He might have signed as Wales coach until the 2015 World Cup but tonight's match against South Africa looms as a watershed for 'Welsh Warren' Gatland.
This World Cup, even though he has an invite to the next one already, seems likely to be the one that marks Gatland's coaching card with a pass or fail mark. Gatland shot to glory with a grand slam and a win in the 2008 Six Nations but has finished fourth each year since.
His opposition in the opening match is also key. Gatland's Wales have come frustratingly close to the Springboks in their three Cardiff losses (29-25 November 2010; 34-31 June 2010; 20-15, June 2008) and a win tonight would seal a great deal - Wales' place in the knockout phase and Gatland's coaching reputation and future. If Wales cannot beat South Africa, they face two pressure matches in Hamilton against Samoa on September 18 and Fiji on October 2 to decide their World Cup fate.
Wales have beaten the Springboks once in 25 attempts; a 29-19 victory under the stewardship of one G. Henry in June 1999. However, a loss and any further setbacks may set the volatile Welsh rugby mandarins casting critical glances in Gatland's direction, even though he signed on to 2015 late last year.
Win, and Gatland could have the rugby world open up before him. If you believe in the theory that a contract is a piece of paper which can be torn up with the right arrangements made, it is not beyond the realms of possibility that Gatland could look at the All Black coaching job for the next World Cup if the new incumbents - whoever they are - don't do the business in the next couple of years.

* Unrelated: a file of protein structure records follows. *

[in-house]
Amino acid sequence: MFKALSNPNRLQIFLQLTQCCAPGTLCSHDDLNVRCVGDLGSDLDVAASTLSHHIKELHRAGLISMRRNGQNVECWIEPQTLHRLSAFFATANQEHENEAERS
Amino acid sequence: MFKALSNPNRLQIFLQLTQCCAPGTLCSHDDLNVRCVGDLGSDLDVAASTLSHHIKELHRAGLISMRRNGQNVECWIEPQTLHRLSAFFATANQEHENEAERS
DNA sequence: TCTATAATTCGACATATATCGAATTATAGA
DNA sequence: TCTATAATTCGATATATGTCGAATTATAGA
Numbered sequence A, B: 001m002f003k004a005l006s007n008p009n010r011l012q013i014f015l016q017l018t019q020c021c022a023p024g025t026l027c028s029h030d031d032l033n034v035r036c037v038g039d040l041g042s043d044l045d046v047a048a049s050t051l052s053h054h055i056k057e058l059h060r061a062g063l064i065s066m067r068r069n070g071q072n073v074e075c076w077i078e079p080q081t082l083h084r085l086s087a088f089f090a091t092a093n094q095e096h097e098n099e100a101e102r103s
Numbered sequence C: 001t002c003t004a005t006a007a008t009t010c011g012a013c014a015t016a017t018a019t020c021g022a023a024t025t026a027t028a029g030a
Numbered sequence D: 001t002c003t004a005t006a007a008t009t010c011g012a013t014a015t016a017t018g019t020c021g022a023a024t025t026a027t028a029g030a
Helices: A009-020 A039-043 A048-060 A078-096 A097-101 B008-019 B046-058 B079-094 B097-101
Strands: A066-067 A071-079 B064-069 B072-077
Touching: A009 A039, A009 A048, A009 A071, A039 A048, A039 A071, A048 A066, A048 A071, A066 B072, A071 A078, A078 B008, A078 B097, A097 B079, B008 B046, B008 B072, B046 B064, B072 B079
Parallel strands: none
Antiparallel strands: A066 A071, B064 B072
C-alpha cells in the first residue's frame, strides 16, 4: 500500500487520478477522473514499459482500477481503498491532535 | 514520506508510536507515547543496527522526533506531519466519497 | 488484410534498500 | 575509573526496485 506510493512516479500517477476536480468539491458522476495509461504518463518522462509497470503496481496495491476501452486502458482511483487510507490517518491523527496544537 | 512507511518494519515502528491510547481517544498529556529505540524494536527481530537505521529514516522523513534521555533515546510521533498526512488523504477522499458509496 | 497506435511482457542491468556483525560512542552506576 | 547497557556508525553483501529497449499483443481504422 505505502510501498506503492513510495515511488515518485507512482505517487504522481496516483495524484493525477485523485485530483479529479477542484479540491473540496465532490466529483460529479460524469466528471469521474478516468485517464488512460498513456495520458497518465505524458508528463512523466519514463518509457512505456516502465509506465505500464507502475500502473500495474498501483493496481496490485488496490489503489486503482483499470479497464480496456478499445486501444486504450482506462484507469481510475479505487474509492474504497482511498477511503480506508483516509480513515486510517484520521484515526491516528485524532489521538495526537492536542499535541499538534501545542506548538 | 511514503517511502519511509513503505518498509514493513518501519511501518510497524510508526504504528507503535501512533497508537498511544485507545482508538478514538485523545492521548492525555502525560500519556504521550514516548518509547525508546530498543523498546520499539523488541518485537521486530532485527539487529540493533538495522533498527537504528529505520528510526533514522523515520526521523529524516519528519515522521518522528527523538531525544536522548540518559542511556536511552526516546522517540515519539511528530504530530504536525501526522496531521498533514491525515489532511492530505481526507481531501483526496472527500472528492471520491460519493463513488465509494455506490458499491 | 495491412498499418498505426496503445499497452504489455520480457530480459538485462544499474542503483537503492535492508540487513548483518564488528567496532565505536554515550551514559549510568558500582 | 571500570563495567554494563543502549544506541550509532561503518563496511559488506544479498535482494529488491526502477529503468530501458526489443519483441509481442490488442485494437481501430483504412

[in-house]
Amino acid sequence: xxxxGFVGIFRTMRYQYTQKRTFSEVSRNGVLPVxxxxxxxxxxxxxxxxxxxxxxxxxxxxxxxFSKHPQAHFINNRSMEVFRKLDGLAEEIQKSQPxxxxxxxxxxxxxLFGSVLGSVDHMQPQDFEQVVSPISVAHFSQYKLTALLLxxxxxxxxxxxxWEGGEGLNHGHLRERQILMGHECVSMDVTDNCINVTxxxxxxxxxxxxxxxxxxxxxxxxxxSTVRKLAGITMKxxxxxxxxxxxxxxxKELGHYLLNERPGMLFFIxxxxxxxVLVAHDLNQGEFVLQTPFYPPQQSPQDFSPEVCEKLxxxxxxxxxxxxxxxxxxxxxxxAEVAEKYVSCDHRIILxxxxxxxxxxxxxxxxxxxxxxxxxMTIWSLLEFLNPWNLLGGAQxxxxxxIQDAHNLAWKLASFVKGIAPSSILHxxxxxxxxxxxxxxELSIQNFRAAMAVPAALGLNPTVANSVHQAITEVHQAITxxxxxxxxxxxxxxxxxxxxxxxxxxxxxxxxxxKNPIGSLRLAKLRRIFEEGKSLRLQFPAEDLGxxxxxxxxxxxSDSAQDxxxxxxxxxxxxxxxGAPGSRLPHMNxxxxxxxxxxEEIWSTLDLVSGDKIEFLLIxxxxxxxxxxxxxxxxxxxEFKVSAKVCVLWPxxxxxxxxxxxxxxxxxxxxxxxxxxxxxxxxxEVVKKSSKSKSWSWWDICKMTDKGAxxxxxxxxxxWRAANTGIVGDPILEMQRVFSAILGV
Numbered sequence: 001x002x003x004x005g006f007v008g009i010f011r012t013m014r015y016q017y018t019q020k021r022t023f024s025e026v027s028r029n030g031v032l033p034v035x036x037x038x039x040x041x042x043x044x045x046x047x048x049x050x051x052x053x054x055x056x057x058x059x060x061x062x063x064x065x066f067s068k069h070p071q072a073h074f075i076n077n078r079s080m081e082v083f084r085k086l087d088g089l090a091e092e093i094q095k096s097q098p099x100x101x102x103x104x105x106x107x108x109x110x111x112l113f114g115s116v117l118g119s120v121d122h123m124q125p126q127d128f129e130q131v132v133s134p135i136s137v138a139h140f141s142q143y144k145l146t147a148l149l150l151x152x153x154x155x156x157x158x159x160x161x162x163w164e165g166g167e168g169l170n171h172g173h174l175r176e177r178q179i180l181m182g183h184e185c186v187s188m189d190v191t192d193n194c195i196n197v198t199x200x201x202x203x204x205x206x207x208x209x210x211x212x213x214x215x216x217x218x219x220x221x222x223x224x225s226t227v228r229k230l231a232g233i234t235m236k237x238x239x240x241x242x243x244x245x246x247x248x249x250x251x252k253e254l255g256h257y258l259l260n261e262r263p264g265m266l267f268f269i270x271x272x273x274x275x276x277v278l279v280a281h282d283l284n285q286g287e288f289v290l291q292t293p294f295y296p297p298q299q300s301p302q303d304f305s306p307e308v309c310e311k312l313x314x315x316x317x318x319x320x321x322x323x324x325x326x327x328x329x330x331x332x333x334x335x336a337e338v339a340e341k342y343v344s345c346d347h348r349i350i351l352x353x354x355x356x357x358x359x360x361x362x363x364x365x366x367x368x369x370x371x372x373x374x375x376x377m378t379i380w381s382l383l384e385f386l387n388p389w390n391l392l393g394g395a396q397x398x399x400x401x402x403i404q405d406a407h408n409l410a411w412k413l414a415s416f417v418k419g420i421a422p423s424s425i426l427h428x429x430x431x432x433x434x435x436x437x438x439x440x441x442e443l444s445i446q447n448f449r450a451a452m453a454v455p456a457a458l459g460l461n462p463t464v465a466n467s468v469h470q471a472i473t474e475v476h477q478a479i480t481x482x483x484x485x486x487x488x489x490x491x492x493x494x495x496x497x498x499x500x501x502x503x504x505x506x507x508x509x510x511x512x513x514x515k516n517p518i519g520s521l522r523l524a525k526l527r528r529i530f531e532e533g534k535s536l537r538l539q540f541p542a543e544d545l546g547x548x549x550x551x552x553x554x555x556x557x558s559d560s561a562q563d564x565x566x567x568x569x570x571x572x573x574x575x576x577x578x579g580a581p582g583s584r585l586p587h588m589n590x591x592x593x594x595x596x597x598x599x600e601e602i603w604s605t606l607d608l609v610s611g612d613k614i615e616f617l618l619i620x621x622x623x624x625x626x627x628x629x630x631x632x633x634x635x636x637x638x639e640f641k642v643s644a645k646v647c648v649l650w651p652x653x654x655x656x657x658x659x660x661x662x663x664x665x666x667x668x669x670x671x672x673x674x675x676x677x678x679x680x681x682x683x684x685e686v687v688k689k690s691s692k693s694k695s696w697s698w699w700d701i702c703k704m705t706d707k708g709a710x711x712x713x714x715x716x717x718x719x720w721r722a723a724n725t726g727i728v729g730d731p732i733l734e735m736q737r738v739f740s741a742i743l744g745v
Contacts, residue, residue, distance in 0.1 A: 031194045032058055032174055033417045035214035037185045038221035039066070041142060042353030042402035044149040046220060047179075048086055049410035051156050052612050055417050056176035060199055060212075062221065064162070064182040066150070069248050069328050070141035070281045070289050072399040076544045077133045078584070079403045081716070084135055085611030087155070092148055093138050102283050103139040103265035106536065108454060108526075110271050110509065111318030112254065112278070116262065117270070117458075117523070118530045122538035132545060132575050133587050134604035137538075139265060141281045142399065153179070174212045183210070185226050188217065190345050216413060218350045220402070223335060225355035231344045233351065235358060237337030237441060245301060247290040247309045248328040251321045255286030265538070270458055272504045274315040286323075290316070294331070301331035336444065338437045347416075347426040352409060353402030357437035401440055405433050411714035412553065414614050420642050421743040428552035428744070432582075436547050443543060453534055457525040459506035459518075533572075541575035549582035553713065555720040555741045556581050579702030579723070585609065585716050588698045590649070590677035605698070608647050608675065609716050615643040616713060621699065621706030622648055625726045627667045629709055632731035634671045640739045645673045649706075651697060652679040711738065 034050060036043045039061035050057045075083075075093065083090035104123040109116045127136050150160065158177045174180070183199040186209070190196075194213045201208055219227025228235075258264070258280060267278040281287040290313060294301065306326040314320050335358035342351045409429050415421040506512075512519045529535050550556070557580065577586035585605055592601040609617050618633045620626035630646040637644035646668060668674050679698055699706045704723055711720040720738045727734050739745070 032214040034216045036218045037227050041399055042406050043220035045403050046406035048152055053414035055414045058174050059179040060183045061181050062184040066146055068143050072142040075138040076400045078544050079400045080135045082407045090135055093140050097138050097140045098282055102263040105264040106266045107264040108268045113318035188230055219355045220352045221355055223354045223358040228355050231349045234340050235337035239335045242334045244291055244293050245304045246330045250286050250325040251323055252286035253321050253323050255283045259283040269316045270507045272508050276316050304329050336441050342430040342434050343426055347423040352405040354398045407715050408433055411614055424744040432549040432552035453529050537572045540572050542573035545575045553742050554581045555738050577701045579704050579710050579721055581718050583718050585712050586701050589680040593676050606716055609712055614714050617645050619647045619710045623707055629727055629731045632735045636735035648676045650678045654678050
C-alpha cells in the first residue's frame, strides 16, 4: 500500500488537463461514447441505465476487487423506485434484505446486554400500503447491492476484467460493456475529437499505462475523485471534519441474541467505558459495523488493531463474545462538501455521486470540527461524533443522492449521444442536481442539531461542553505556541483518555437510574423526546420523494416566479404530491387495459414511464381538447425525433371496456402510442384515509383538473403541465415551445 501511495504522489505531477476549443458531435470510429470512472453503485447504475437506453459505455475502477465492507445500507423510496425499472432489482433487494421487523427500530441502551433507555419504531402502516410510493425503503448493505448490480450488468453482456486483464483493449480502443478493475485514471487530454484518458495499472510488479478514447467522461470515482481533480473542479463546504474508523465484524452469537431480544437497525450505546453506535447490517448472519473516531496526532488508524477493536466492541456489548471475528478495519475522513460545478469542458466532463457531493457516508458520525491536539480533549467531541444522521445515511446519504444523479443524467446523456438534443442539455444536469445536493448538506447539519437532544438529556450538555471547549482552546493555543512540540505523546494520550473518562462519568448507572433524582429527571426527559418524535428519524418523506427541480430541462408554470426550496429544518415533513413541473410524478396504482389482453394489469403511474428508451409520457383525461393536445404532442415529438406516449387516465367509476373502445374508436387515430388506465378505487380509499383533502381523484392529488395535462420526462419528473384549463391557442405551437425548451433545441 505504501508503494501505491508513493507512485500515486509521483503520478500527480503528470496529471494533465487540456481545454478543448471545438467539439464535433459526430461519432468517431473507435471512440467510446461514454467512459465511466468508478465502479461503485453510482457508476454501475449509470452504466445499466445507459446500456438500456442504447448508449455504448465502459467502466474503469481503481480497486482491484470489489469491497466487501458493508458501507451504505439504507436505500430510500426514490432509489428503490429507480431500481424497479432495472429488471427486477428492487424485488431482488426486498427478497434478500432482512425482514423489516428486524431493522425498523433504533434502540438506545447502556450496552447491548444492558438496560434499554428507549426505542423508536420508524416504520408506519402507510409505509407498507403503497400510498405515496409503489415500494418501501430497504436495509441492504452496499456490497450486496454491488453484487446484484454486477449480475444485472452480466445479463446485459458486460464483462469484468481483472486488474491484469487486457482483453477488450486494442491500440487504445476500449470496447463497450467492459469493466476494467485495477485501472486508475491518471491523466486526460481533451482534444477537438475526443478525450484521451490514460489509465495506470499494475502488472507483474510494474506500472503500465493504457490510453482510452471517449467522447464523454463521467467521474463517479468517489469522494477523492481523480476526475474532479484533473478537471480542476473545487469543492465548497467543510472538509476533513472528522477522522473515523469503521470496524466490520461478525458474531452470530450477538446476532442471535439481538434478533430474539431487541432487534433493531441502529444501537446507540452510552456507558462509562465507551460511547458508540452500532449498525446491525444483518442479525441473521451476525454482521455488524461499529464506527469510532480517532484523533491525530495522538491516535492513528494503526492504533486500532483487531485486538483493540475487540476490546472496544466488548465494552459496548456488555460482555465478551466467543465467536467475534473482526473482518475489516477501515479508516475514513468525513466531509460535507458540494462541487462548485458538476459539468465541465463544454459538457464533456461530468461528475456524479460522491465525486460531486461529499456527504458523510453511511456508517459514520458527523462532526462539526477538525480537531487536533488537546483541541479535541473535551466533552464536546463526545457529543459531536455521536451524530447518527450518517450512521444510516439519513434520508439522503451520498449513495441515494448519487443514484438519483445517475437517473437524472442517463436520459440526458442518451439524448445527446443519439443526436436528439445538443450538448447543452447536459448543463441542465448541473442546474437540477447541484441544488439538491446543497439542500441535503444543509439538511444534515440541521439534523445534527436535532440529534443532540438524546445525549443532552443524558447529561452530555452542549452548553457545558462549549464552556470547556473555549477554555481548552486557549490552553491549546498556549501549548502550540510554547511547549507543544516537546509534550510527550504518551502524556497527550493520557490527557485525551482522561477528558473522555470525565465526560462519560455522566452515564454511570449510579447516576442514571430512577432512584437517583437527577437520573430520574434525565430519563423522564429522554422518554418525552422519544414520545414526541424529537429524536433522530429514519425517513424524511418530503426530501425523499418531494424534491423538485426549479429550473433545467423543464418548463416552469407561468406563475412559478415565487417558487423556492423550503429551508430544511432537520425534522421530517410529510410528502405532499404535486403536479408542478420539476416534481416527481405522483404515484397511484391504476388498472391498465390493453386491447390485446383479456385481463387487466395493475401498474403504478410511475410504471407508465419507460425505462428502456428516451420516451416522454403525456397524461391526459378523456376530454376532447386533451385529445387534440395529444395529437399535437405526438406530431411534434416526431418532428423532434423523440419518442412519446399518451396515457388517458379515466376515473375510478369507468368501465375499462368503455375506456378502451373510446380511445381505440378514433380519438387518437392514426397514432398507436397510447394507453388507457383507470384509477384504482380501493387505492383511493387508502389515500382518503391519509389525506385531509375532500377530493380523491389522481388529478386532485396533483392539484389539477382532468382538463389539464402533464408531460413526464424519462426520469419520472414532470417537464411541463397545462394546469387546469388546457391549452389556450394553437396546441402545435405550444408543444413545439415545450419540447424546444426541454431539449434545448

This year South Africa, as defending champions, cannot be classed as particularly vulnerable but Gatland has had Wales humming in last month's warm-up wins over England and Argentina. The Port Elizabeth test against the All Blacks is a sound template for Gatland, given it included the majority of a Springbok first XV that had been rested after Super Rugby. South Africa outscrummed a weakened New Zealand in that test. They were also terriers in the tackle, notably through Heinrich Brussow who helped win the turnover battle in the absence of Richie McCaw.
There was also plenty of aerial work for the back three. They were subjected to the relentless boot of first-five Morne Steyn who forced countless counter-attacks from within the All Blacks half. The coaching trio of Gatland, Rob Howley and Shaun Edwards will know countering those three factors is paramount.
Forward parity is the biggest question. At the scrum they will be without loosehead prop Gethin Jenkins (calf muscle strain) for this opening game and hooker Matthew Rees also injured. Lineouts could be a struggle, too, against Matfield and co while the loose forwards led by new captain, 22-year-old Sam Warburton, face a formidable foe at the breakdown. If those difficulties can somehow be countered, Wales look promising. Their backline consists of attacking talent like Mike Phillips, James Hook, Jamie Roberts, Shane Williams, Jonathan Davies, Leigh Halfpenny and Lee Byrne.
Provided the forwards live up to their name, South Africa present the perfect gauge as to whether the likes of Phillips, Roberts and Byrne still have penetrative power; whether Hook is the playmaker the public has seen previously and whether Williams and relative newcomer George North on the wings can create - or even finish - tries from broken play.
* Lost: Samoa 16-13, pool play, Cardiff, 1991.
* Lost: Ireland 24-23, pool play, Johannesburg, 1995.
* Lost: Samoa 38-31, pool play, Cardiff, 1999.
* Lost: Despite leading New Zealand and England, 2003.
* Lost: Fiji, 38-34, pool play, Nantes, 2007.
* Overall results: 1987, third; 1991, pool; 1995, pool; 1999, quarter-final; 2003, quarter-final; 2007, pool.